What would our record collections look like if we were free to listen to music without all the external influences, liberated from the constant din of the record company marketing machine, the publicists, the media opinion shapers, all there to help create the kind of buzz that makes the passage to success a little easier? Would we still like the music we like?
It's an intriguing question, and one that sheds some light on why certain hugely gifted musicians never make the grade and others, skinny on talent and/or originality, prosper.
If you are a music fan, and have managed to escape the hoop-la surrounding the release of each successive Horrors album release since Primary Colours back in 2009, then you have done pretty well. That album marked the beginning of a startling makeover, one that saw the band transform from a garish, cartoonish Goth parody to darlings of the music press literally overnight. Some Faustian pact must surely have been involved as they went from a fun, ever so slightly trashy garage band, all hollowed cheeks and retro glam, to pioneering innovators, saviours of the British indie scene, all without breaking stride. Primary Colours was a decent album, attempting to boldly assimilate the woozy guitars and narcotic psychedelia of My Bloody Valentine with limited success. It was never quite the groundbreaking album that some suggested but it showed some promise; the follow up, Skying, suffered from a deficit of decent tunes, a case of style over substance, epic in scope but not in execution.
Which brings us to Luminous, the bands fourth album and one that is currently garnering lavish praise from the same sources that heralded Primary Colours as a landmark record.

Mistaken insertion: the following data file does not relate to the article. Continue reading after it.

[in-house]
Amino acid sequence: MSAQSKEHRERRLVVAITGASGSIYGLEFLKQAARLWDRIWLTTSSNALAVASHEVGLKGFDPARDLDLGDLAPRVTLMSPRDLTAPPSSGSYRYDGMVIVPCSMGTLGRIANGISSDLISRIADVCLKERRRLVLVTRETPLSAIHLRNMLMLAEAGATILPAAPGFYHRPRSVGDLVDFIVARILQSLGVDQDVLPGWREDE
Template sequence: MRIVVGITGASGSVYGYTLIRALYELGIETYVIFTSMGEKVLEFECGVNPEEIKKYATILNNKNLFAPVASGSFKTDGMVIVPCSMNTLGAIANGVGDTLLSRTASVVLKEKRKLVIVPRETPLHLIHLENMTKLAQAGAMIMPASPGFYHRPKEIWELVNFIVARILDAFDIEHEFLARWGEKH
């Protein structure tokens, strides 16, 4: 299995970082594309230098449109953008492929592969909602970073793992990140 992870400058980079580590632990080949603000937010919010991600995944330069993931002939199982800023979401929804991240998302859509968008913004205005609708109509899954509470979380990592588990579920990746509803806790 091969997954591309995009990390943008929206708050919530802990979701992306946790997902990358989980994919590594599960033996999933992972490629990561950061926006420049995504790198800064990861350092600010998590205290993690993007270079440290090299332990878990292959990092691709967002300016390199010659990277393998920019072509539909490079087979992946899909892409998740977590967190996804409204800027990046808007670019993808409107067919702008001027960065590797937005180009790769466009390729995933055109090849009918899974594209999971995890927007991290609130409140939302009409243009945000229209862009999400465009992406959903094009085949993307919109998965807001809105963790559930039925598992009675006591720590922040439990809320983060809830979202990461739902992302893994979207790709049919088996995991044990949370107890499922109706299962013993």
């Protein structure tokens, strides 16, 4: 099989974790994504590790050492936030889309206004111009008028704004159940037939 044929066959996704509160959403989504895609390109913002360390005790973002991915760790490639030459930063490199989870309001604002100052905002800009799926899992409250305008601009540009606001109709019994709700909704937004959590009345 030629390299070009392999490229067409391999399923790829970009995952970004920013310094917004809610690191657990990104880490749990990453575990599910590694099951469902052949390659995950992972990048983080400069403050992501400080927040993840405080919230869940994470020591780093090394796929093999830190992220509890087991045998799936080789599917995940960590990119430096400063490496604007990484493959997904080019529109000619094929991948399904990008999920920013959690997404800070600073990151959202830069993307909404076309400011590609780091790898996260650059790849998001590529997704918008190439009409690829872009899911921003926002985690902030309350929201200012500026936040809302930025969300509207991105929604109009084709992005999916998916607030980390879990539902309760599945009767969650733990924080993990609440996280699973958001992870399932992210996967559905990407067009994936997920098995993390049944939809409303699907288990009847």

Once again, there is plenty of sonic wizardry on display; opening track 'Chasing Shadows' starts with one of those lengthy atmospheric instrumental preambles that signifies something big is about to happen and when it does kick off for real, the effect is impressive. But strip away the studio trickery and the initial wow factor and all that's left is an album that is devoid of any real substance or personality.
Even after multiple listens, very few of these songs make any lasting impact – beyond the surface sheen, this is a collection lacking any truly outstanding songs. At its best, on tracks like 'Jealous Sun' and 'I See You' they evoke nothing more than second rate Echo and the Bunnymen. By the time we reach closing track 'Sleepwalk', it is hard to feel anything but mild indifference for an album that seems to settle a little too comfortably into the same groove mined on their last album Skying.
For a band that becomes accustomed to massive acclaim, the biggest danger is complacency, the belief that everything they do is touched by greatness. Luminous demonstrates an ever growing smugness, worrying signs that the Horrors are beginning to believe their own hype.